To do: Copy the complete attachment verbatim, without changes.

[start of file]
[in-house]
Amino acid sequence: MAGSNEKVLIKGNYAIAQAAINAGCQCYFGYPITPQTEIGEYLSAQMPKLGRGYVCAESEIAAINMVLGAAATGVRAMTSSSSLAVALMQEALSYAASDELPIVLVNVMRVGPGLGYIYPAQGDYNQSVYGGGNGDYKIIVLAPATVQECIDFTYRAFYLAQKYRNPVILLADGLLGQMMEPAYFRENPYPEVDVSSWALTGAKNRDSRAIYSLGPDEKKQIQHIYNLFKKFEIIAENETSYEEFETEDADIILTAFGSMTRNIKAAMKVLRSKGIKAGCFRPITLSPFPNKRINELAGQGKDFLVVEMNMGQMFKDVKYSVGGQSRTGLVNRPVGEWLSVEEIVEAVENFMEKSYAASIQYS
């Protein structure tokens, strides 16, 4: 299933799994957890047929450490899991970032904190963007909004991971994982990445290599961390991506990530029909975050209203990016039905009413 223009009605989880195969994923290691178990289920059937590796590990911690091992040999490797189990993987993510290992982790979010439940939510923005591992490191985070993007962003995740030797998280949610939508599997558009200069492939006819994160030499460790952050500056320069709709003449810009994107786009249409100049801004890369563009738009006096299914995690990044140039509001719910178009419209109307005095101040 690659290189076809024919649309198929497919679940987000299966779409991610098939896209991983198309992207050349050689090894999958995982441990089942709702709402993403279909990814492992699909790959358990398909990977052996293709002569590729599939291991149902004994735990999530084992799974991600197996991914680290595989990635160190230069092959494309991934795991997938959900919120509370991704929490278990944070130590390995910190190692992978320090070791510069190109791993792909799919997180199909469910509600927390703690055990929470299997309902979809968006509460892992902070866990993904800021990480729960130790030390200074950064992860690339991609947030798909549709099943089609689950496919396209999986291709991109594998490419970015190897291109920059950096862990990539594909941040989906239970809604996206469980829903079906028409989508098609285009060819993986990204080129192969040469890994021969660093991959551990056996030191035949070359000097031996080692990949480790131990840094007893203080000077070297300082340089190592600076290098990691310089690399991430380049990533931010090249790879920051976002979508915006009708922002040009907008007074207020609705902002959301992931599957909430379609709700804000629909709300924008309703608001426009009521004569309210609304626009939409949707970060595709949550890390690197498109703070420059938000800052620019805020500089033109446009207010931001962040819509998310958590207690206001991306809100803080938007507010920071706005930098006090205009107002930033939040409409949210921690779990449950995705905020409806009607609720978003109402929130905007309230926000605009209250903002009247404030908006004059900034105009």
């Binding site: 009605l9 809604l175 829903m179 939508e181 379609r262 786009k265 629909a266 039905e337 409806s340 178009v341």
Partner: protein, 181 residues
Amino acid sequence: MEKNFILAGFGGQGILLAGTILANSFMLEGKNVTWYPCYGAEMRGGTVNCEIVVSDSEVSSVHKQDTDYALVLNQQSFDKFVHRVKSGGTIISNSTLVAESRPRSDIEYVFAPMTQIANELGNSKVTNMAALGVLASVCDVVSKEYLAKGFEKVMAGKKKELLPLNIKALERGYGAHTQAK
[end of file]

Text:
[in-house]
Amino acid sequence: MAGSNEKVLIKGNYAIAQAAINAGCQCYFGYPITPQTEIGEYLSAQMPKLGRGYVCAESEIAAINMVLGAAATGVRAMTSSSSLAVALMQEALSYAASDELPIVLVNVMRVGPGLGYIYPAQGDYNQSVYGGGNGDYKIIVLAPATVQECIDFTYRAFYLAQKYRNPVILLADGLLGQMMEPAYFRENPYPEVDVSSWALTGAKNRDSRAIYSLGPDEKKQIQHIYNLFKKFEIIAENETSYEEFETEDADIILTAFGSMTRNIKAAMKVLRSKGIKAGCFRPITLSPFPNKRINELAGQGKDFLVVEMNMGQMFKDVKYSVGGQSRTGLVNRPVGEWLSVEEIVEAVENFMEKSYAASIQYS
């Protein structure tokens, strides 16, 4: 299933799994957890047929450490899991970032904190963007909004991971994982990445290599961390991506990530029909975050209203990016039905009413 223009009605989880195969994923290691178990289920059937590796590990911690091992040999490797189990993987993510290992982790979010439940939510923005591992490191985070993007962003995740030797998280949610939508599997558009200069492939006819994160030499460790952050500056320069709709003449810009994107786009249409100049801004890369563009738009006096299914995690990044140039509001719910178009419209109307005095101040 690659290189076809024919649309198929497919679940987000299966779409991610098939896209991983198309992207050349050689090894999958995982441990089942709702709402993403279909990814492992699909790959358990398909990977052996293709002569590729599939291991149902004994735990999530084992799974991600197996991914680290595989990635160190230069092959494309991934795991997938959900919120509370991704929490278990944070130590390995910190190692992978320090070791510069190109791993792909799919997180199909469910509600927390703690055990929470299997309902979809968006509460892992902070866990993904800021990480729960130790030390200074950064992860690339991609947030798909549709099943089609689950496919396209999986291709991109594998490419970015190897291109920059950096862990990539594909941040989906239970809604996206469980829903079906028409989508098609285009060819993986990204080129192969040469890994021969660093991959551990056996030191035949070359000097031996080692990949480790131990840094007893203080000077070297300082340089190592600076290098990691310089690399991430380049990533931010090249790879920051976002979508915006009708922002040009907008007074207020609705902002959301992931599957909430379609709700804000629909709300924008309703608001426009009521004569309210609304626009939409949707970060595709949550890390690197498109703070420059938000800052620019805020500089033109446009207010931001962040819509998310958590207690206001991306809100803080938007507010920071706005930098006090205009107002930033939040409409949210921690779990449950995705905020409806009607609720978003109402929130905007309230926000605009209250903002009247404030908006004059900034105009």
């Binding site: 009605l9 809604l175 829903m179 939508e181 379609r262 786009k265 629909a266 039905e337 409806s340 178009v341």
Partner: protein, 181 residues
Amino acid sequence: MEKNFILAGFGGQGILLAGTILANSFMLEGKNVTWYPCYGAEMRGGTVNCEIVVSDSEVSSVHKQDTDYALVLNQQSFDKFVHRVKSGGTIISNSTLVAESRPRSDIEYVFAPMTQIANELGNSKVTNMAALGVLASVCDVVSKEYLAKGFEKVMAGKKKELLPLNIKALERGYGAHTQAK